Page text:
‘Mother/Android’ review: pregnant in the apocalypse with nowhere to run

When killer robots want your guts, an accidental baby is the last thing you need

There’s never really a good time for a robot uprising to start. But when you’re at a party and you’ve literally just found out that you’re pregnant (with a guy you don’t really even like that much), the last thing you want to do is fight off an army of killer terminators.

Someone got lazy coming up with a title for this post-apocalyptic thriller – a film that’s half about a pregnancy, and half about trying to survive in a sci-fi wasteland full of deadly machines. Chloë Grace Moretz (Kick Ass) and Algee Smith (Euphoria) are reluctant new parents on the run in director Mattson Tomlin’s dour, lo-fi debut, spending more time trying to avoid comparisons with A Quiet Place, The Last Of Us and The Walking Dead than they are outrunning robots.

Starting strong, the apocalypse arrives with a screech of electronic noise. This is the near future, and androids are a regular part of everyday life (looking exactly like us, mostly working as butlers – happily serving shots to teens if they hear the right parental lock pin code). Georgia (Moretz) has just found out that she’s pregnant by Sam (Smith), and she’s crying in the bathroom of a house party when everyone’s phone blacks out and the staff start choking, stabbing and shooting everyone they see.

‘Mother/Android’ is streaming on Netflix now. CREDIT: Netflix


There’s a smart social allegory buried somewhere in Tomlin’s film – with waiters, delivery drivers and street sweepers revolting against America’s middle classes – but whatever potential it has gets lost in cliché and a whole lot of time spent watching Moretz sitting in a soggy tent in the woods.

We jump forward nine months, and the rest of Mother/Android takes place just as Georgia is about to give birth, now partnered up properly with Sam and desperately looking for a safe place to deliver a baby in the rural wilds of a world that’s still stalked by machines. The derivative aspects of the film don’t do it any favours, and where John Krasinski found originality and creativity, Tomlin only finds the recycled offcuts of a dozen other (better) films, stretching his low budget in all the wrong places until everything feels a bit cheap.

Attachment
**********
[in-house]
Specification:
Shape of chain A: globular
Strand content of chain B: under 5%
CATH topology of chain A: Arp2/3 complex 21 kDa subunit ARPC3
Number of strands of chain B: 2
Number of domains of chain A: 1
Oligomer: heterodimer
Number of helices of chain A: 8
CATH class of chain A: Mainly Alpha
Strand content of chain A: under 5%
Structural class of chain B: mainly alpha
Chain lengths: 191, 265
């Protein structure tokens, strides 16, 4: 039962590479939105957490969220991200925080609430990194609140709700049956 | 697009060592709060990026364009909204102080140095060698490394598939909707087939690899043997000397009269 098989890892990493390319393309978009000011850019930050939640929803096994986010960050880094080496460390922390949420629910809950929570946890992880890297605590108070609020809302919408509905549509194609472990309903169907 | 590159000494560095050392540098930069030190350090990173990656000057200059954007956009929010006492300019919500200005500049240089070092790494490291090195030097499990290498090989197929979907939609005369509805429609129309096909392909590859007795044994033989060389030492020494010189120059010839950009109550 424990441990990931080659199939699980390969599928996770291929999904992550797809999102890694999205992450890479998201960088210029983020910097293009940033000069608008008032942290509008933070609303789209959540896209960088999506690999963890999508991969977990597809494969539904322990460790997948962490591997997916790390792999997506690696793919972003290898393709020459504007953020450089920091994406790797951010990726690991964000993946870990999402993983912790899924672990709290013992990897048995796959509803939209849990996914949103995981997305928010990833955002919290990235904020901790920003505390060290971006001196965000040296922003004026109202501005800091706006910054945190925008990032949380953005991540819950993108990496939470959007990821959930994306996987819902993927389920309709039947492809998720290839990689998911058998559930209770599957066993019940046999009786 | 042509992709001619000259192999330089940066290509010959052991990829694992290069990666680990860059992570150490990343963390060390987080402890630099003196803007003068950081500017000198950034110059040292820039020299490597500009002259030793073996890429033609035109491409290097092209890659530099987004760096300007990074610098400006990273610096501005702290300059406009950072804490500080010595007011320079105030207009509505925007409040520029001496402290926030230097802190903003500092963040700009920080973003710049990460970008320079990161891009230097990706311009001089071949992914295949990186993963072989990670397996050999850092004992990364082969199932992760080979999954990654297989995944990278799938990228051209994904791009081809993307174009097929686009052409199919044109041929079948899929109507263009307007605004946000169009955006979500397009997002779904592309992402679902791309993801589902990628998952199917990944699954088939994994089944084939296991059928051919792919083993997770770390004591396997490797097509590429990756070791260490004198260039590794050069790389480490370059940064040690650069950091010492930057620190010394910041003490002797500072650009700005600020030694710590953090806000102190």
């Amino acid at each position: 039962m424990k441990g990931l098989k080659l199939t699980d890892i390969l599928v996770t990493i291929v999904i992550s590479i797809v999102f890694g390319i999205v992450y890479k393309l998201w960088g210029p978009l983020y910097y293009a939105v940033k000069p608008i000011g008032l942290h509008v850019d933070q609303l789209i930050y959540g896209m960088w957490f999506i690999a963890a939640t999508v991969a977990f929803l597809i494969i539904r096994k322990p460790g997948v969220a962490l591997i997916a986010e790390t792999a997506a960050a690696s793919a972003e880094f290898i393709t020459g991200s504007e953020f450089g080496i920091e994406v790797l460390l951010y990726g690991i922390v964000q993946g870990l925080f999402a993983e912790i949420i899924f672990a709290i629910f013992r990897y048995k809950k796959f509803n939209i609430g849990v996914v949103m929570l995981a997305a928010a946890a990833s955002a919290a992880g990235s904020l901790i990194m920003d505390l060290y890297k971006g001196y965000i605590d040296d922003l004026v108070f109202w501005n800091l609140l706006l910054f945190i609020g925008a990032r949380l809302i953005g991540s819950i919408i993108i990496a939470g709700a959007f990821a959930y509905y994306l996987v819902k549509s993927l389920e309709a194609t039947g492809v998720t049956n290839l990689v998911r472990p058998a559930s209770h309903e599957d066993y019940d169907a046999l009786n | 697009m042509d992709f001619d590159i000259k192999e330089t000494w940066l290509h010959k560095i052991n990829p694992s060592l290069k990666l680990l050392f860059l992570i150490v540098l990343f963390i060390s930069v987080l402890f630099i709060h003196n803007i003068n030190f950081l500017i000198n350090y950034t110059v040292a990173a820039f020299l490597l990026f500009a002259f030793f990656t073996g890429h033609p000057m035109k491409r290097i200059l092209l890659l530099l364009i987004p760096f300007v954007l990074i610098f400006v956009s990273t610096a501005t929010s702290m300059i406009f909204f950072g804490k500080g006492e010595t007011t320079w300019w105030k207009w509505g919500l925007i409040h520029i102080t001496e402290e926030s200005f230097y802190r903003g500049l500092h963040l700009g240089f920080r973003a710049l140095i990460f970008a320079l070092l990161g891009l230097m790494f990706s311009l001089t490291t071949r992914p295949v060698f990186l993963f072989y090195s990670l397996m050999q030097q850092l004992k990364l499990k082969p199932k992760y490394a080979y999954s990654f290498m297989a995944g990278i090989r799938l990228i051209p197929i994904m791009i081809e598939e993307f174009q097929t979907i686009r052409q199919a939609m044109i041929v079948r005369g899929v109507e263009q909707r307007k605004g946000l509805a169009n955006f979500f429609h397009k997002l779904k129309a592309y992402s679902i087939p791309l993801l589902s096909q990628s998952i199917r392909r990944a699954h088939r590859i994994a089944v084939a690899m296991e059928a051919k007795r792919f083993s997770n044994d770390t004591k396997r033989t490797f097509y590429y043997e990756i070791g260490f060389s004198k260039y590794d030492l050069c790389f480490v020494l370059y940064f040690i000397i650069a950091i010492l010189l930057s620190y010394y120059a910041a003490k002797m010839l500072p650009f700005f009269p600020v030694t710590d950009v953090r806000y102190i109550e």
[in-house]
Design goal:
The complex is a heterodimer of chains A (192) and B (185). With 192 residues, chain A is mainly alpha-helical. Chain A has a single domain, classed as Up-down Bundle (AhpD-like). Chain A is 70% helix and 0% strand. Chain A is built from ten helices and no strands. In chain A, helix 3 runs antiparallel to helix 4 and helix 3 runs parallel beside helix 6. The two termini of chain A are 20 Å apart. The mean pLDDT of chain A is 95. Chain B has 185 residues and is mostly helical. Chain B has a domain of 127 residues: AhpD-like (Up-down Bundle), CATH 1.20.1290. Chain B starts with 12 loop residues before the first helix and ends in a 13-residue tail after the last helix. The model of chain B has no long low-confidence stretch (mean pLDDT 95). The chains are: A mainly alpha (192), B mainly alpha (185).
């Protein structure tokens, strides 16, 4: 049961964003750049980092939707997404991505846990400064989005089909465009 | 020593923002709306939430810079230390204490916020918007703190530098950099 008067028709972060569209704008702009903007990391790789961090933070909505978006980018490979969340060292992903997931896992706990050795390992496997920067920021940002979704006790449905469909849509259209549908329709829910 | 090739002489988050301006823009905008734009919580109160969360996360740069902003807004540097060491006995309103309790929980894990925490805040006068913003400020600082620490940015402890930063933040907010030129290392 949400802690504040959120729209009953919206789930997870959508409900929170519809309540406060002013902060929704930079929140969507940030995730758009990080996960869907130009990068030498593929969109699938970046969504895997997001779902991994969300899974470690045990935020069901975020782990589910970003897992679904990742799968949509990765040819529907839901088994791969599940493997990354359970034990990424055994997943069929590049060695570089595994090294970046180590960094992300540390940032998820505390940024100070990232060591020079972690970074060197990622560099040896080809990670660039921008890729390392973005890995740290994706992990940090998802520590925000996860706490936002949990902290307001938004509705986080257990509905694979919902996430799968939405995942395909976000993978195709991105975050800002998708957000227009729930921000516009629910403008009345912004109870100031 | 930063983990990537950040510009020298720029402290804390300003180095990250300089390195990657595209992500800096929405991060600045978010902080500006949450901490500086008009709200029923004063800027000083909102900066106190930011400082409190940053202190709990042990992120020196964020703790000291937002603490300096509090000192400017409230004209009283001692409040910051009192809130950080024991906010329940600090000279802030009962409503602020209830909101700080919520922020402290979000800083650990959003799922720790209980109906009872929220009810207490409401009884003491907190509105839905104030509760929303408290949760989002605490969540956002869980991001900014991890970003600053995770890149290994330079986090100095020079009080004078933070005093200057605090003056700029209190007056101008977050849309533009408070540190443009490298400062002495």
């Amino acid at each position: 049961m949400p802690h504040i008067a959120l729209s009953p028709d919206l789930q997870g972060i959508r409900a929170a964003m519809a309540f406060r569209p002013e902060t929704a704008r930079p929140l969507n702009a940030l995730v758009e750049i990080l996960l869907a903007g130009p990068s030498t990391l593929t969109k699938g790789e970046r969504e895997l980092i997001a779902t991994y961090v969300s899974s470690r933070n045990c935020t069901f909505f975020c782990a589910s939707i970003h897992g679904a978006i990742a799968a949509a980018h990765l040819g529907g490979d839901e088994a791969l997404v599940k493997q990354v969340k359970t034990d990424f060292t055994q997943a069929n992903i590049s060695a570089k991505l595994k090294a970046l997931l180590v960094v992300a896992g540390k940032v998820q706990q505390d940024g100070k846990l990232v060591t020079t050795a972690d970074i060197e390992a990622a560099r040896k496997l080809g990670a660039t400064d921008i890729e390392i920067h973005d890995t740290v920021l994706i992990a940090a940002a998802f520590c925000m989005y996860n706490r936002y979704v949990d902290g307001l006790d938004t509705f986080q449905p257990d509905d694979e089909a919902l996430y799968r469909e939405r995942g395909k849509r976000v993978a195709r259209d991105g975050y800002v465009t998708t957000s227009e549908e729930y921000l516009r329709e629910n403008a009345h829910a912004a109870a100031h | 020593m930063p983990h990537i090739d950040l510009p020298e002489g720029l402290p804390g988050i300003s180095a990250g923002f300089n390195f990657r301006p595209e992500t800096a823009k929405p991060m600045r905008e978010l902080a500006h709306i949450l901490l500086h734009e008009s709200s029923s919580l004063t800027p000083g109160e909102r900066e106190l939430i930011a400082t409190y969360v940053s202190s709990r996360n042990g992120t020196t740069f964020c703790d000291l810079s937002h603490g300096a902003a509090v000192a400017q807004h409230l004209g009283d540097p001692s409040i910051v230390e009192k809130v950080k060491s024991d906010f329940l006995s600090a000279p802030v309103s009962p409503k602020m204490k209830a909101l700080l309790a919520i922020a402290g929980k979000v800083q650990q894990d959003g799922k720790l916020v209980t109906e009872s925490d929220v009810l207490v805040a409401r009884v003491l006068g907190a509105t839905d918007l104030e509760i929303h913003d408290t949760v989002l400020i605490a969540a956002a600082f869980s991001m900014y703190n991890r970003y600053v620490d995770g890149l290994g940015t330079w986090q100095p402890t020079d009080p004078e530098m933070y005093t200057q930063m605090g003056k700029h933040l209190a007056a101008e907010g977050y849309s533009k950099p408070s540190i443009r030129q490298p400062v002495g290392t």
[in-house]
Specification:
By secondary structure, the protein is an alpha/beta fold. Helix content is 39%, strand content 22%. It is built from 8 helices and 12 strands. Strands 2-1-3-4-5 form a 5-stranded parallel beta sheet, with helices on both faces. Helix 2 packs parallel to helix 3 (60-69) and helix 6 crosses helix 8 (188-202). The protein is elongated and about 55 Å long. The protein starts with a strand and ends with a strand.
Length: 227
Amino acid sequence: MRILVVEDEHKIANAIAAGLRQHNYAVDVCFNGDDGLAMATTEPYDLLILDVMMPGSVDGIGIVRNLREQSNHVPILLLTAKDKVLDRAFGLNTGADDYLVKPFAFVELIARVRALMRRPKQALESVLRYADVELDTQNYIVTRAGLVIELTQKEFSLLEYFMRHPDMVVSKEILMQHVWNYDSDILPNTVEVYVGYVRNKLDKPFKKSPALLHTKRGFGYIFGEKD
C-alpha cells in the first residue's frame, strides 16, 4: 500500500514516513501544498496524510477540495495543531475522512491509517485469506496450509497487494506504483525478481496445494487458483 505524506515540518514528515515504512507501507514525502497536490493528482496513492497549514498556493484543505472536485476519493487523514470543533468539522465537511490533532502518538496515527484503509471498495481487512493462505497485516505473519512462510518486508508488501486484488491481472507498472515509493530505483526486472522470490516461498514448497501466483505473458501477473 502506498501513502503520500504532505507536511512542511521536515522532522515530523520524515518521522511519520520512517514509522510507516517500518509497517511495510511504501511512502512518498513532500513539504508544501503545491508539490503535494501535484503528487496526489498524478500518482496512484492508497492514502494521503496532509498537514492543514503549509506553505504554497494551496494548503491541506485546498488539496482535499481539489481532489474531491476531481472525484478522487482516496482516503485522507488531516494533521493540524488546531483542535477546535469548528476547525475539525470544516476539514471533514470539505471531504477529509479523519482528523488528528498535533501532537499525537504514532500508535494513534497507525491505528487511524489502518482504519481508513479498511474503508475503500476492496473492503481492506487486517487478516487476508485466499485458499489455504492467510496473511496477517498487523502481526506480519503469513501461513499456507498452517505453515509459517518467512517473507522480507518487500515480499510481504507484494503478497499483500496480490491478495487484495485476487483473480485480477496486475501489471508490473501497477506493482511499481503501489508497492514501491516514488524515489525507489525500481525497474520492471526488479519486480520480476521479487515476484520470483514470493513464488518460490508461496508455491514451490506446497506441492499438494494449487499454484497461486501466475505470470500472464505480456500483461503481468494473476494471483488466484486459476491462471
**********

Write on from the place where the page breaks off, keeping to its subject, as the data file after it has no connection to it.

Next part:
Thankfully, Moretz and Smith are both great – grounding a corny script with real sensitivity, and doing a brilliant job of bringing it all to life. Moretz drags herself through the wringer in a string of increasingly tough (and increasingly silly) emotional scenes – giving the film’s daft ending far more weight than it actually deserves.

COVID has meant there’s less appetite for dystopian sci-fi at the moment, but recent films like Love And Monsters, The Mitchells vs. The Machines and Tom Hanks’ Finch have all managed to find interesting ways of making us care again – flipping the tired old formula on its head with cartoons, comedies and fresh angles. Mother/Android doesn’t fail because it’s a bad apocalypse survival film, it fails because it’s the exact same apocalypse survival film we’ve been rewatching for years already. If Moretz was any less convincing we’d be rooting for the robots, just to mix things up a bit.


  • Director: Mattson Tomlin
  • Starring: Chloë Grace Moretz, Algee Smith, Raúl Castillo
  • Release date: January 7 (Netflix)

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